Petersburg/Richmond This is part two Of a series on the siege of Petersburg Virginia


Jun 2, 2011
Washington, D.C.
Here is a list of the nine offensIves that grant launched against Petersburg and Richmond during the siege of Petersburg.

anyone who reads this may need to re-read part one to refresh their memory on the siege of Petersburg.

Grant’s first offensive June 15-18, 1864: known as the Petersburg assaults, the four days of battle left the union forces holding a large portion of the eastern face of the Dimmock Line.

grants second offensI’ve June 21 through July 2, 1864: this ambitious thrust was aimed at capturing the Weldon and Southside railroads. The second army corps was soundly defeated on June 22, 1864. Meade abandoned the offensive after June 23 when he could not compel The sixth army corps to move forward Against the Weldon railroad. Meanwhile the cavalry divisions of Wilson and Kautz launched a raid against the railroads supplying Petersburg. They Inflicted great damage on those railroads but failed to destroy the all important bridge over the Staunton River. On their way back to rejoin the army of the Potomac, they were set upon by confederate cavalry and infantry at Sappony Church and Ream’s Station on June 28th and 29th 1864. The two divisions were badly cut up and the last stragglers returned to union lines on July 2. It took a month for them to recover from this raid.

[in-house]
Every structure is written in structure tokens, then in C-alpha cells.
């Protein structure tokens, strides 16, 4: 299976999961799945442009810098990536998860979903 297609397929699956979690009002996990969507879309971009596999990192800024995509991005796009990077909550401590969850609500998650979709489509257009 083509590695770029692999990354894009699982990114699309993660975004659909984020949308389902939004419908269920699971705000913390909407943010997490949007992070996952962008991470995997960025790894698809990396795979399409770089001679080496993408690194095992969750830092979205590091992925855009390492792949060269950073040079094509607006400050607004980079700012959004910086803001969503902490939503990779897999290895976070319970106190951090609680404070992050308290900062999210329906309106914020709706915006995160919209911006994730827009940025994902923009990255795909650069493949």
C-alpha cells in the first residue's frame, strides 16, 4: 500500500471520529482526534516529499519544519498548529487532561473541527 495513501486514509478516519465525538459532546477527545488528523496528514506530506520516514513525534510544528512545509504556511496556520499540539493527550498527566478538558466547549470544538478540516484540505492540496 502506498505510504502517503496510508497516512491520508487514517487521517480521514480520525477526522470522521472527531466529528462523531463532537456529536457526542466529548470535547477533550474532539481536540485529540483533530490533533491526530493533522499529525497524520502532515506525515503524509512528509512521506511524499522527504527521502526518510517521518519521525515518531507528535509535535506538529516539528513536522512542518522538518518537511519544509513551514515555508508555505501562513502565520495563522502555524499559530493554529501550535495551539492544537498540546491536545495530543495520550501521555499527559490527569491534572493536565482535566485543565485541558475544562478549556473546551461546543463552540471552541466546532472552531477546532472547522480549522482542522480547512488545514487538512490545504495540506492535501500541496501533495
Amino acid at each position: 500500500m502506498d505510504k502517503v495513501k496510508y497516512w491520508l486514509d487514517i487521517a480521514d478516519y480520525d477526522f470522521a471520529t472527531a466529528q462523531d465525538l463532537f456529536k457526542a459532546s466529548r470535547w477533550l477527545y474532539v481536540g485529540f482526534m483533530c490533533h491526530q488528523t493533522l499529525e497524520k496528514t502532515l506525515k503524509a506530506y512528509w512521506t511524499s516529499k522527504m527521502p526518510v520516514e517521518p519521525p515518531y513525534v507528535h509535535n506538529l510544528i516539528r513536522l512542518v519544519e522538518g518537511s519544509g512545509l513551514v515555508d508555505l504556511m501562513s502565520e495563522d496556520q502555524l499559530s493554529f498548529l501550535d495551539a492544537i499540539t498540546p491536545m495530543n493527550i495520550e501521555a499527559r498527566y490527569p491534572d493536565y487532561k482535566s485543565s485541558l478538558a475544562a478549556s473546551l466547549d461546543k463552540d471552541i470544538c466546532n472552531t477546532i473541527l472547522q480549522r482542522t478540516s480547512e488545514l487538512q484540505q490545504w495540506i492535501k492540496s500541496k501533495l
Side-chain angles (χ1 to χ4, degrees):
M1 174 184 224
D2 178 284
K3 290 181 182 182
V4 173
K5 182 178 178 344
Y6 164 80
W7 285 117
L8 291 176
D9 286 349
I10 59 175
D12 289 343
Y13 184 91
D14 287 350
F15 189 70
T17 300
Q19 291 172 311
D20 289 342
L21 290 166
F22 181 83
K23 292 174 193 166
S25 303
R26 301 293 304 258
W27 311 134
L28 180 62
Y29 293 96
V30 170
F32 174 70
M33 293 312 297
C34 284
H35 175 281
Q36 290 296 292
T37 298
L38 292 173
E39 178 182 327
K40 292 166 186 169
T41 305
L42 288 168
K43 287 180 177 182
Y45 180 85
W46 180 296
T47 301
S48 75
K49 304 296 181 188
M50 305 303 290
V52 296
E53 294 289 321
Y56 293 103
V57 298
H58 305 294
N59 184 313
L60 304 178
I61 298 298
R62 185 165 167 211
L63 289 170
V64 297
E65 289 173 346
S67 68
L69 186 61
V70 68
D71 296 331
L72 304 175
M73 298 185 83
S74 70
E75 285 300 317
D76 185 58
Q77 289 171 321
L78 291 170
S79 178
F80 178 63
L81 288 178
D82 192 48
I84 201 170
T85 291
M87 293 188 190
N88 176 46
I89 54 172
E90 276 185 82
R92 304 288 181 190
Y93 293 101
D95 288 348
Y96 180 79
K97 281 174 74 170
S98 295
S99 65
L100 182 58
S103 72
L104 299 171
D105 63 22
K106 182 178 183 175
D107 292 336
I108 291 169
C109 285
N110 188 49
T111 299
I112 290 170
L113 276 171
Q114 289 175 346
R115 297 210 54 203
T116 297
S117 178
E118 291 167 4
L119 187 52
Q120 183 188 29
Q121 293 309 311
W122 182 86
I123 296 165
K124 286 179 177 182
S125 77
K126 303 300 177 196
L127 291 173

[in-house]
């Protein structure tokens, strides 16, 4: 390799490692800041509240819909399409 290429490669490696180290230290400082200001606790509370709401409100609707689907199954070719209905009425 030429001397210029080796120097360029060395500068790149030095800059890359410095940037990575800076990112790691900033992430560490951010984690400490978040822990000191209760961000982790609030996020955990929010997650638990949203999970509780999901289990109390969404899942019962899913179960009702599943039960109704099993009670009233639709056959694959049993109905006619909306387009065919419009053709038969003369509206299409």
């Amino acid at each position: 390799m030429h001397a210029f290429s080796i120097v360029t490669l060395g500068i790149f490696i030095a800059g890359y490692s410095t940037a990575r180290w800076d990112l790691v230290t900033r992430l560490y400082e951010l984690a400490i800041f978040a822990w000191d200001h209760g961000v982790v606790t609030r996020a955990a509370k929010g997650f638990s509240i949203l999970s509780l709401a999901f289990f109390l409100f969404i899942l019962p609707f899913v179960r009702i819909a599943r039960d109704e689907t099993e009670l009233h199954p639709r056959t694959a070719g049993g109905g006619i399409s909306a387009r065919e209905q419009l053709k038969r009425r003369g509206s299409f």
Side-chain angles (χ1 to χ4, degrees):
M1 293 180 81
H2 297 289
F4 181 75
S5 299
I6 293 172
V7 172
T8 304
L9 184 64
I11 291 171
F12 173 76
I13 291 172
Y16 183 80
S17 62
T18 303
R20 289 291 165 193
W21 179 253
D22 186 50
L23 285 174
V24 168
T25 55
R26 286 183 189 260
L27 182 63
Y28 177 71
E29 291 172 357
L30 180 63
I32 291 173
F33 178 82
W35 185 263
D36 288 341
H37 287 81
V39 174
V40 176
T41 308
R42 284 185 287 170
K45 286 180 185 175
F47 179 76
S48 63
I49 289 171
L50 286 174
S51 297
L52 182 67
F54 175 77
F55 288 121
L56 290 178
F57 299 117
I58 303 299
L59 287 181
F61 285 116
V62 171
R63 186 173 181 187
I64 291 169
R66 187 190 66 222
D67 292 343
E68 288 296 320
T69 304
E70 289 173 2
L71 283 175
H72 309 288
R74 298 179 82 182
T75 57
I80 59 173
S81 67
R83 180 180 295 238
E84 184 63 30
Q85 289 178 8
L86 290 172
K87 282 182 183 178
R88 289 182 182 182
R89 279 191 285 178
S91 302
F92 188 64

Grants third offensive July 27 through July 30, 1864: Grant dispatched Sheridan with the divisions of Torbert, Gregg and Kautz to tear up the Virginia central railroad north of Richmond. He attached Hancocks second army corps to the expedition with the goal of using the infantry to pen the rebels up in their outer defense line. This would ensure that Sheridans cavalry could return safely To the deep bottom area after tearing up the railroad without being attacked by Hampton‘s confederate cavalry. The raid failed. These operations are known as the first battle of deep bottom.

Although Grant did not foresee this, the Confederates stripped the Petersburg front to defend Richmond against the cavalry raid. this reduced the confederate Garrison at Petersburg To three divisions and increased the chances of a union victory after Burnside exploded his mine On July 30. Because the federals botched the attack the Confederates held the line The battle that ensued is known as the battle of the Petersburg crater.
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